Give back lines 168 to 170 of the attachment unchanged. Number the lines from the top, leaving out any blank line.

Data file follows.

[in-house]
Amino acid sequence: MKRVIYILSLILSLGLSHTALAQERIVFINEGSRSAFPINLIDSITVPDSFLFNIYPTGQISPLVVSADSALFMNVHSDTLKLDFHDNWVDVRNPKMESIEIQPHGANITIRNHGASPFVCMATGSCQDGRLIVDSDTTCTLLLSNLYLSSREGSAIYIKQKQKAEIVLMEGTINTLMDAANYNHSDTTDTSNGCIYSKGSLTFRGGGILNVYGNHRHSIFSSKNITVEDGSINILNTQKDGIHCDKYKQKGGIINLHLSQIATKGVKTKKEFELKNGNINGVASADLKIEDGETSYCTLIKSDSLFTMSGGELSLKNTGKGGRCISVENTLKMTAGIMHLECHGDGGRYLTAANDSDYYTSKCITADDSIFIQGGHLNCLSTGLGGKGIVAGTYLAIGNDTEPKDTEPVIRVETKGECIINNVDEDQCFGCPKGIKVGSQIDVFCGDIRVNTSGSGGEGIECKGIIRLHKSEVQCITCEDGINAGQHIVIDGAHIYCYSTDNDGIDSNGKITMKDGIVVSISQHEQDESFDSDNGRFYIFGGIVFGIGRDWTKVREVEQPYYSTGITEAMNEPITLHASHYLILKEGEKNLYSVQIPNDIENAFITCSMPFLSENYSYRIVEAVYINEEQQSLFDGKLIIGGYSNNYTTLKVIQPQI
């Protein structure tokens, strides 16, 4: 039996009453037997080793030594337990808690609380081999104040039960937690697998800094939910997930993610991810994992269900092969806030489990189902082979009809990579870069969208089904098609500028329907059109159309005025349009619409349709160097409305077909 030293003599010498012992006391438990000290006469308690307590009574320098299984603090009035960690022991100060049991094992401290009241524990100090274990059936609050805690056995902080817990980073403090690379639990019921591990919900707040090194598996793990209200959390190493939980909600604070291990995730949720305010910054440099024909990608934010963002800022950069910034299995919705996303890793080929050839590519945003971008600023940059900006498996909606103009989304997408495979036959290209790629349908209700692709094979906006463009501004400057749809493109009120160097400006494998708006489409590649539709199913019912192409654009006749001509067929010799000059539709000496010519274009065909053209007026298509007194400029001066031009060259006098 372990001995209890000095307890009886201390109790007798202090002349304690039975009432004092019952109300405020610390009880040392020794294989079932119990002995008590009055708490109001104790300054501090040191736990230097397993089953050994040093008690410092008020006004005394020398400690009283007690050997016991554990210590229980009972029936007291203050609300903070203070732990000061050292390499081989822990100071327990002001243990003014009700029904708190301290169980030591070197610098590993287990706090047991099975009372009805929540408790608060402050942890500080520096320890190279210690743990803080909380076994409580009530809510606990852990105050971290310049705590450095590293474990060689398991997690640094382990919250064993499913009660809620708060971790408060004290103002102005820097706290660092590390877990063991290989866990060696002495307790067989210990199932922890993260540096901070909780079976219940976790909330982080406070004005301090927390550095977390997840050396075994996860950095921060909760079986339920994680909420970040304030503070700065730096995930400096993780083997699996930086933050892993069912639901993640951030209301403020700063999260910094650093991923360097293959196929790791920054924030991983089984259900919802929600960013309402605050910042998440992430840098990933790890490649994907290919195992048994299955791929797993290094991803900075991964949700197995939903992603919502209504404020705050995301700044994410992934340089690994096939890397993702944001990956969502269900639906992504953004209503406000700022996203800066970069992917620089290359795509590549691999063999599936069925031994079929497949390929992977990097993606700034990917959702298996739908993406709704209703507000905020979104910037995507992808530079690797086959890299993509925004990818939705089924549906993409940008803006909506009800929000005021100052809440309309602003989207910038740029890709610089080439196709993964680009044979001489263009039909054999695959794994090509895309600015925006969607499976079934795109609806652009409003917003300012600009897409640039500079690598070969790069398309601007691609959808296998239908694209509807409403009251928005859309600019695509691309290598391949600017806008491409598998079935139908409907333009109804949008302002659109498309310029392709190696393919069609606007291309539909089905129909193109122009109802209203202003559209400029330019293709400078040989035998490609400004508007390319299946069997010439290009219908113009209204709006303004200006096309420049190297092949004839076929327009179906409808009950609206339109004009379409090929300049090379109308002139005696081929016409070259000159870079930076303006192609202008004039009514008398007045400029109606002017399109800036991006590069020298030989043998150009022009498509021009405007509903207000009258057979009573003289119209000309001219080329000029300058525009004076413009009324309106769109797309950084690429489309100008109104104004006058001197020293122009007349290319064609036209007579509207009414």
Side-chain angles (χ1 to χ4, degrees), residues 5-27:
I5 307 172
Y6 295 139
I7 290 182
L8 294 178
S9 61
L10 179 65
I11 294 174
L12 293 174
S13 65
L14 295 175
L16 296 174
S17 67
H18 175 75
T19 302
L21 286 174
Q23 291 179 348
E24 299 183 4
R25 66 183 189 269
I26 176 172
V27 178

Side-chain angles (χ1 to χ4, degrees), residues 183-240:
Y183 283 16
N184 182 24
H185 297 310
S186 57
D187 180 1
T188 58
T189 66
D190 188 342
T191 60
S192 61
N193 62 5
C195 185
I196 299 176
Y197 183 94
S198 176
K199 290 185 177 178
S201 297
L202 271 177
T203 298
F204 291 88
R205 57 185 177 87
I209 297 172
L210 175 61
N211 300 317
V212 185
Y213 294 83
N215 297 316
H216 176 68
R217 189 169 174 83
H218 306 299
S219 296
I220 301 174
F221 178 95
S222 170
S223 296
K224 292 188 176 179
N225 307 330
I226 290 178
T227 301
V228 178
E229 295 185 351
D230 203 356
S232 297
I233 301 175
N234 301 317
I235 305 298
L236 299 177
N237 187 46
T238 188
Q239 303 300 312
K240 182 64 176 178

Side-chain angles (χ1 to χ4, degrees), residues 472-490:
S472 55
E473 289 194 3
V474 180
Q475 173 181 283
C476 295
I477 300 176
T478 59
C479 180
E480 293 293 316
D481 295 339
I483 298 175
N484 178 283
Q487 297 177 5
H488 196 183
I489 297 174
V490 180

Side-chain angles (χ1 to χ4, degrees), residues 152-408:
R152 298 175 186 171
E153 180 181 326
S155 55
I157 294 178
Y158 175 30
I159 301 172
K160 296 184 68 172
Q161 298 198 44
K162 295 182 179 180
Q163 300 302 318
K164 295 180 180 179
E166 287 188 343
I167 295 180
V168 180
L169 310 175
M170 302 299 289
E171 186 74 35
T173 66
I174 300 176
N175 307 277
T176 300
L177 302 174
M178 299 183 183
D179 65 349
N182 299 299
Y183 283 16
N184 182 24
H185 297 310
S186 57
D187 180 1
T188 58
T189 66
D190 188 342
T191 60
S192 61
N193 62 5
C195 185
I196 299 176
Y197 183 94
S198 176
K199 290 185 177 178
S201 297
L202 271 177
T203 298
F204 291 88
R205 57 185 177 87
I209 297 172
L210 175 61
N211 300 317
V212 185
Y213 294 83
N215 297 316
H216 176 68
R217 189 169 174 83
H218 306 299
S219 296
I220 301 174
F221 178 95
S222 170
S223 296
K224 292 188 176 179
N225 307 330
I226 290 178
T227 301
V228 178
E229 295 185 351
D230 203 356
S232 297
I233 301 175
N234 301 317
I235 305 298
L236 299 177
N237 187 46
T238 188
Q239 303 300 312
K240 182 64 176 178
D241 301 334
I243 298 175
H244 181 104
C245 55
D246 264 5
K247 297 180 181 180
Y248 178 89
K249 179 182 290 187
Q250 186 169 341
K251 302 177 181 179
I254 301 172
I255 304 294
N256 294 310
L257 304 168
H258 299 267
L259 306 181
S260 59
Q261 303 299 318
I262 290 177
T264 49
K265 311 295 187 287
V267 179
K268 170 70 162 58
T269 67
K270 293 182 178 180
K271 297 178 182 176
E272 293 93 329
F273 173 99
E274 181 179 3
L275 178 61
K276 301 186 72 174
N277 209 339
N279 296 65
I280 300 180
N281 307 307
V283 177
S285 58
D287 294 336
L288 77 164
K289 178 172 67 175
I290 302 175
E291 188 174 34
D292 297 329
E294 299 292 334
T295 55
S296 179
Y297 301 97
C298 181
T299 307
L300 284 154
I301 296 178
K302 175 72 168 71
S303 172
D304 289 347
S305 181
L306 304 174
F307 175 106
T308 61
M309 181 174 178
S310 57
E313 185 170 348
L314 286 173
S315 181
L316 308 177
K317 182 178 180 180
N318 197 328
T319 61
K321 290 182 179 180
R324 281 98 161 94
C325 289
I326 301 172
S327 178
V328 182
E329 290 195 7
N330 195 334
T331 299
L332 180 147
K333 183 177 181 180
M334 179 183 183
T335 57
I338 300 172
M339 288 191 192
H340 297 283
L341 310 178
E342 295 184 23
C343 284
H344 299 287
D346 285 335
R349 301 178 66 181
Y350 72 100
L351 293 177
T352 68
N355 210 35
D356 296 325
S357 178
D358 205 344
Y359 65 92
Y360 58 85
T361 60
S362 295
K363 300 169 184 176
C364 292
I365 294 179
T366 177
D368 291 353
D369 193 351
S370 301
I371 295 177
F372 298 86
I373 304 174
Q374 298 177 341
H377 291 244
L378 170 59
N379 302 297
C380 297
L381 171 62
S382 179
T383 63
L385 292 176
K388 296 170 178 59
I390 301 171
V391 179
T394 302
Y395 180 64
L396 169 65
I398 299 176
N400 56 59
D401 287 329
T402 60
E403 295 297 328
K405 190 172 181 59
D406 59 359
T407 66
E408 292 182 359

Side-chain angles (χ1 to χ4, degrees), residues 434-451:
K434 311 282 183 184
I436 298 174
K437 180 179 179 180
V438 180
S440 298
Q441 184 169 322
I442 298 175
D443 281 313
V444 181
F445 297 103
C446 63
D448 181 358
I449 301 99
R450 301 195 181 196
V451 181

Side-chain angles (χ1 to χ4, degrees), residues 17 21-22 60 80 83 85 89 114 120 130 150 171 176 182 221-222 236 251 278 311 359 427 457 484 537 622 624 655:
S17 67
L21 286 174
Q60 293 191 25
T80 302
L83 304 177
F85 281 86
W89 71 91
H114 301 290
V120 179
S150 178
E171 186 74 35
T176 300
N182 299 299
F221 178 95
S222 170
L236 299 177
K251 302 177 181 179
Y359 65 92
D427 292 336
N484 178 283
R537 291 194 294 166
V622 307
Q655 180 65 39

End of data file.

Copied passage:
T238 188
Q239 303 300 312
K240 182 64 176 178